All posts by Mindful tester

Speaking of Privilege Dynamics

The story is that a good proposal for a talk and some preparation is a sure way to speak on a conference. There are other factors involved.

Privilege dynamics

For this article I made up the term privilege dynamics. With privilege I am not writing about the honour to speak for a group of peers and their managers. It is about having enough resources to speak. According to me, dynamics is the way it forms the world.

Permission to speak

The first thing about privilege is asking for permission to go to the conference. My wife had mixed feeling about this. At the one hand she knows my love for speaking and at the other hand she wanted to know that I am in good hands.

The next in line for permission is my employer. My absence will lead to a drop in revenue. In some cases, I had to ask my customers to speak. This could have consequences for the results of the whole team.

There were employers who were really happy to send me as a speaker to a conference. In most cases they provide services and this benefits their companies. A lot of other companies are not eager to have a speaker at a conference. The benefits must be measurable in some way.

Confidential information

What is more appealing than to talk about than a real story? I can grab the attention of the public with a project or a sprint with some really insightful moments. There is a big chance that my employer or customer would not be pleased that some stories would be told afterwards.

For one talk I asked explicitly to use the graphs showing the results of a performance test. This added a lot of reality to my talk. For a workshop I created a website with an imaginary company based on real life experiences. This way no company or organisation was impacted by my stories.

Righteous owner

Copyrights are a difficult thing to handle for a beginning speaker. When I was a consultant, the rights of almost all my talks went to my employer. This applies for a lot of things. I read a story about someone who used a private laptop to retain the rights of a book.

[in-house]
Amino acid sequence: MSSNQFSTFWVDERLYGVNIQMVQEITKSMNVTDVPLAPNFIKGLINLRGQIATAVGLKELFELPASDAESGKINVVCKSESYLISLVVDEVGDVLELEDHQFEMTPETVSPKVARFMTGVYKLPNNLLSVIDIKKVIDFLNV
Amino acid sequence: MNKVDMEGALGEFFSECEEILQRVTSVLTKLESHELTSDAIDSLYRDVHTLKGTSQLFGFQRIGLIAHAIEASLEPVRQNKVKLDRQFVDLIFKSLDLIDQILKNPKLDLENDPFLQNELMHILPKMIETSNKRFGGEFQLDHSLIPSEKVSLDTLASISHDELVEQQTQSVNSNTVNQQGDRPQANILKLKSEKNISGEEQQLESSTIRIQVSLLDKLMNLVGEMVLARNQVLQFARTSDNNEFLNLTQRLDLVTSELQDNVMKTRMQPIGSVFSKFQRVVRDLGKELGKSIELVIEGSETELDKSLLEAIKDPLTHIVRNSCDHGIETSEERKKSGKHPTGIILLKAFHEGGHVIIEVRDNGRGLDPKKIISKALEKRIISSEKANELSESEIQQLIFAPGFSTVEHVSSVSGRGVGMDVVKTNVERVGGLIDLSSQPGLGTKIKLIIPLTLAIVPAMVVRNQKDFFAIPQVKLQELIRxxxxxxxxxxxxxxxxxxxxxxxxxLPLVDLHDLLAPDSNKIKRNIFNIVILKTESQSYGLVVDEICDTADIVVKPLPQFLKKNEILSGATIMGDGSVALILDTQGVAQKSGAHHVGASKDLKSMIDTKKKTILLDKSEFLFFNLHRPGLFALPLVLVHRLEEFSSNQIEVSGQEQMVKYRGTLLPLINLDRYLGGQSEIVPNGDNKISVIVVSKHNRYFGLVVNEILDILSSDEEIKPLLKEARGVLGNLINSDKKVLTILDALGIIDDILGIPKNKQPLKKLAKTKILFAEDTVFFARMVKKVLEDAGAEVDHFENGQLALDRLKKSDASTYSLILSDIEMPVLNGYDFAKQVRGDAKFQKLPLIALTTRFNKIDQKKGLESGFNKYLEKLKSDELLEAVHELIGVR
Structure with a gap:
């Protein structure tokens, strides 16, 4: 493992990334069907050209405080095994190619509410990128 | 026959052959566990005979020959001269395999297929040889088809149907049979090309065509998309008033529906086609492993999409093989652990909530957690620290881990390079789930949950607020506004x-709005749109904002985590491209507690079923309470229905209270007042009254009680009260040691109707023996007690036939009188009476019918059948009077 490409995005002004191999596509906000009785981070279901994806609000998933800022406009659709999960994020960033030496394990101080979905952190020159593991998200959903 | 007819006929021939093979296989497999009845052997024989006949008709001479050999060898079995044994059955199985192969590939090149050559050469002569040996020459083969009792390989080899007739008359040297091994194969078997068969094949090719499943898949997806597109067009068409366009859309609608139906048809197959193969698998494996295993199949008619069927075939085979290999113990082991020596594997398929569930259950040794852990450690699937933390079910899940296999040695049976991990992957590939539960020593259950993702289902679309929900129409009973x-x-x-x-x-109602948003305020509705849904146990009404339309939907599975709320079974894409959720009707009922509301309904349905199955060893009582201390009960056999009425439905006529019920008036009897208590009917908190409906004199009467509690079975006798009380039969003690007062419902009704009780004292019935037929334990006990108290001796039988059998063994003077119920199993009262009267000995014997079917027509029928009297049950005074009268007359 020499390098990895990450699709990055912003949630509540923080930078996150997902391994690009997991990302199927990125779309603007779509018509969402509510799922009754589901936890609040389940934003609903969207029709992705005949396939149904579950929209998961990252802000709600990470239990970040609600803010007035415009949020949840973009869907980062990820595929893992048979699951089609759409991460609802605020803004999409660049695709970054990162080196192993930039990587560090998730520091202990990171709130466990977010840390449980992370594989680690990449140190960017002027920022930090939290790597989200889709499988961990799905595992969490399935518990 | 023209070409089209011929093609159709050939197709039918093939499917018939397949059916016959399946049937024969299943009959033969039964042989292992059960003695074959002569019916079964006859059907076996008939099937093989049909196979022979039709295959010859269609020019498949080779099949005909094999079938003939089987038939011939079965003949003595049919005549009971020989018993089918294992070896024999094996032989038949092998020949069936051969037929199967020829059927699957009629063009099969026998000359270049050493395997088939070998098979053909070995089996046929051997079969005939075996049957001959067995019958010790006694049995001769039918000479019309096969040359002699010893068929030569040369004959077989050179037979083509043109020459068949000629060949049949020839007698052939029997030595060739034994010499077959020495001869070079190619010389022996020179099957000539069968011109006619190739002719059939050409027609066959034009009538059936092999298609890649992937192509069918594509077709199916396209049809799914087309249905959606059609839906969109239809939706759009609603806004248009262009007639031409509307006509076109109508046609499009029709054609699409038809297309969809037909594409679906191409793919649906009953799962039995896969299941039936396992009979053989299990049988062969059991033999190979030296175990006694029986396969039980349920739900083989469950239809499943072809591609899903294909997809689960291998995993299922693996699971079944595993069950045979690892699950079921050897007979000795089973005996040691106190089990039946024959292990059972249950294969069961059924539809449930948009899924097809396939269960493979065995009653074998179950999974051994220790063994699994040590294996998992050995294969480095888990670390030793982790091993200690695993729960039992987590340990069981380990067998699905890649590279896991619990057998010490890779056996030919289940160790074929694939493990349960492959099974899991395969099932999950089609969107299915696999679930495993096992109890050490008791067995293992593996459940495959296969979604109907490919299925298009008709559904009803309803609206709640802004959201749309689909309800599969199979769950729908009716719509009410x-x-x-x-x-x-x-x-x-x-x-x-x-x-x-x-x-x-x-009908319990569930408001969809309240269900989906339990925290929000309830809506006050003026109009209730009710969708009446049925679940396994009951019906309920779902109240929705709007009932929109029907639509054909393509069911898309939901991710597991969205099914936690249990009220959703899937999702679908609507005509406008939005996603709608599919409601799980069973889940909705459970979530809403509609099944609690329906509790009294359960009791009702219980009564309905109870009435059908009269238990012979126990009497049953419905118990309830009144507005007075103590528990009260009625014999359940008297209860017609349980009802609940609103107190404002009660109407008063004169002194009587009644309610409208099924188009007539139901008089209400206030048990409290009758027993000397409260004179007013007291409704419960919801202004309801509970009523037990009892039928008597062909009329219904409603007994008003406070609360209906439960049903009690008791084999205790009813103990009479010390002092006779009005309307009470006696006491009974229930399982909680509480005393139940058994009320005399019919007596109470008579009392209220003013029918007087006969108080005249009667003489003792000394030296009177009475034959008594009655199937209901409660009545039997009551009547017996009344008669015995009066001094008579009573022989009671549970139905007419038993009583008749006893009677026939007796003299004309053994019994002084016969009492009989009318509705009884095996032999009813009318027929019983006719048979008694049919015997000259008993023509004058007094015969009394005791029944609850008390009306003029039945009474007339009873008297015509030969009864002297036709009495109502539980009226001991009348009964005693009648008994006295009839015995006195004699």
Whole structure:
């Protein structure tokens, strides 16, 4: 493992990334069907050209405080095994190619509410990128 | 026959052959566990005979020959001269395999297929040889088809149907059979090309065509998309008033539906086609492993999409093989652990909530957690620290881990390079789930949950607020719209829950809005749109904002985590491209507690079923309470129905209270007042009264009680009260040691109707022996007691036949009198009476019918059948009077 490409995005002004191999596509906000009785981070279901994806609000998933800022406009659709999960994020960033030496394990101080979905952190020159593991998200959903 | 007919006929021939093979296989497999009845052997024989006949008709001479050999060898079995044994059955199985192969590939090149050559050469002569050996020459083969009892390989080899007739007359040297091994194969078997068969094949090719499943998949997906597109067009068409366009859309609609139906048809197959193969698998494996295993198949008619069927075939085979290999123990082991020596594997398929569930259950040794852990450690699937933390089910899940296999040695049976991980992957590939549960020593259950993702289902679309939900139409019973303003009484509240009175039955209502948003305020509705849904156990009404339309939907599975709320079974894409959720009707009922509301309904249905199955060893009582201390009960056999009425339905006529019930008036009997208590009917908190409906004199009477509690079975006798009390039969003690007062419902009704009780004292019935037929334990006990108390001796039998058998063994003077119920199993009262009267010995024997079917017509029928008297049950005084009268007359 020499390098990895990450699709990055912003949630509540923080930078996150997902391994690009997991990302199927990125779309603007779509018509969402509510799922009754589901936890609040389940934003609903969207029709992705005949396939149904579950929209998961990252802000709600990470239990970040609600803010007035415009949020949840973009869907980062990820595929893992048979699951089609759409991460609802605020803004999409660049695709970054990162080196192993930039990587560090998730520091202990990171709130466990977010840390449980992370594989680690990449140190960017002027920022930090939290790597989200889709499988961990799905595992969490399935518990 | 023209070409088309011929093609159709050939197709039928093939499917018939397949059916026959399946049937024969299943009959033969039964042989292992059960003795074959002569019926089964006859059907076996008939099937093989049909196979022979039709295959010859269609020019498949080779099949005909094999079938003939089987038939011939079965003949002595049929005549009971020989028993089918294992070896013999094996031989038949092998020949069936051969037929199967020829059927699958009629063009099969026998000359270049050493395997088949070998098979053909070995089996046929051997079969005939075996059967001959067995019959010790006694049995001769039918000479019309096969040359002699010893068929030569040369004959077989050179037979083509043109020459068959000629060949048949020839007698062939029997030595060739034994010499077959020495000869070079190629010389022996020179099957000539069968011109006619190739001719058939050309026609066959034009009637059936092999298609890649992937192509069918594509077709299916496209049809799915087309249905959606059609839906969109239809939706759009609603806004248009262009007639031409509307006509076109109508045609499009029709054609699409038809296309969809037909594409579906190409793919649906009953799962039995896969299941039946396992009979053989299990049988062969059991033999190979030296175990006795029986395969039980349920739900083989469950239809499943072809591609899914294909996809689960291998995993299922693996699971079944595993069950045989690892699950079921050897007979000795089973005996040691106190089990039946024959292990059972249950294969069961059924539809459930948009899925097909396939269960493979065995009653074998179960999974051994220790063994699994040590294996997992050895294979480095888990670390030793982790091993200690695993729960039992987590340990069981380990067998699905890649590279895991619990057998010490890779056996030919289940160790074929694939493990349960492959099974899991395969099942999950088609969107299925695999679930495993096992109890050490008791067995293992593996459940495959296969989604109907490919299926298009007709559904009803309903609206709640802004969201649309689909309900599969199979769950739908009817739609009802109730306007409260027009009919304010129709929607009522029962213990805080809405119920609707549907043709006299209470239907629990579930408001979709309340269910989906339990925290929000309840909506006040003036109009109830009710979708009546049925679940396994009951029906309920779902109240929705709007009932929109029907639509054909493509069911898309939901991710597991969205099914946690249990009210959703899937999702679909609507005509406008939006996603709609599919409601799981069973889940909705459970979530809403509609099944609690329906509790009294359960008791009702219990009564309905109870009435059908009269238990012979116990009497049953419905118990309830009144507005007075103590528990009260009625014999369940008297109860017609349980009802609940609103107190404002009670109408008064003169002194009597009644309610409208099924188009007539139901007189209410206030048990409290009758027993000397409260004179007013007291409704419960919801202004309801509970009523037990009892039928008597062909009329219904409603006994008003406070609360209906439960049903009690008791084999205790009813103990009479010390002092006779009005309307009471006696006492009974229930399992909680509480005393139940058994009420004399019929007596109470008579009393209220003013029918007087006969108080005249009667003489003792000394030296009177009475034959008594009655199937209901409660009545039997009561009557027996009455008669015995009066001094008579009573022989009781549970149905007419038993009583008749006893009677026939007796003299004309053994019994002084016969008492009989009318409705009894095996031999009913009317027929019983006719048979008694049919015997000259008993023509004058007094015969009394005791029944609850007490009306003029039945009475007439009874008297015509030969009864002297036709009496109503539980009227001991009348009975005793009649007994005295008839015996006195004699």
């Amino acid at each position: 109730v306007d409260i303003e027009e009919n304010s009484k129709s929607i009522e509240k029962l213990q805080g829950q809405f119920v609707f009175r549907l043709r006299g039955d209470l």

An argument would be that the employer pays me, so this might be a fair trade. I can speak at a conference and my company will own the results. The drawback for me is, that I cannot use these talks after switching employer. This happened once.

To be extended

Minimal Viable Authentication: usability versus security

Trigger warning: stalking.

For the following stories I am using the imaginary VIP Cinema again instead of the real app. This way I can freely write about my experiences without naming the actual app.

Usability is king

The VIP Cinema app offered his clients a discount for parking. This service appealed to me. So, I contacted the customer service and got a power of attorney number. On request I had to mention the number to get my promised discount of 50 percent on parking.

After a while I wanted to reserve my parking without calling the customer service. There was a simple solution: a parking app. I installed the app and had to register. The first thing I did, was to have my power of attorney number ready.

The next step was to enter my email address and a password. Then I had to verify it by clicking on a link in an email. A dialog asked for my membership number of the Cinema VIP App. Then I opened the app and found the number.

I received an email to verify my email address for the parking app. After clicking a link, I had to enter my VIP Cinema membership number. The next moment I could reserve a parking place for my car without entering my power of attorney number.

The registration was smoothless and it saved me an extra step of entering another number. I really liked this experience.

Security is pauper

”I want to show something to you.”, I told another computer software professional.
“Here is my mobile. The Cinema VIP app is open and shows my membership number.”
I got a nod.

“Now I am going to the website to register a new user id and password for the parking website.”
Another nod followed.

This looks familiar

Then I entered a new email address and password. After clicking the link in the mail to verify my email address I asked him for my membership number. While he was citing the number, I entered it in the requested text field in the dialog,

 “Let us see what kind of information we can get based on this single number.
You can see where I live. This information is needed for billing.“

Worth noting

“Let’s have a look at my parking history. This is the parking I used every other week. This is an interesting pattern. Last week I parked there. So next Friday I will probably park the car there at 7 pm.”

Let me guess

“There is a high chance, that I visit a cinema close to this parking. The discount is offered by the Cinema VIP app. Notice that no power of attorney number was asked. This would improve the security.”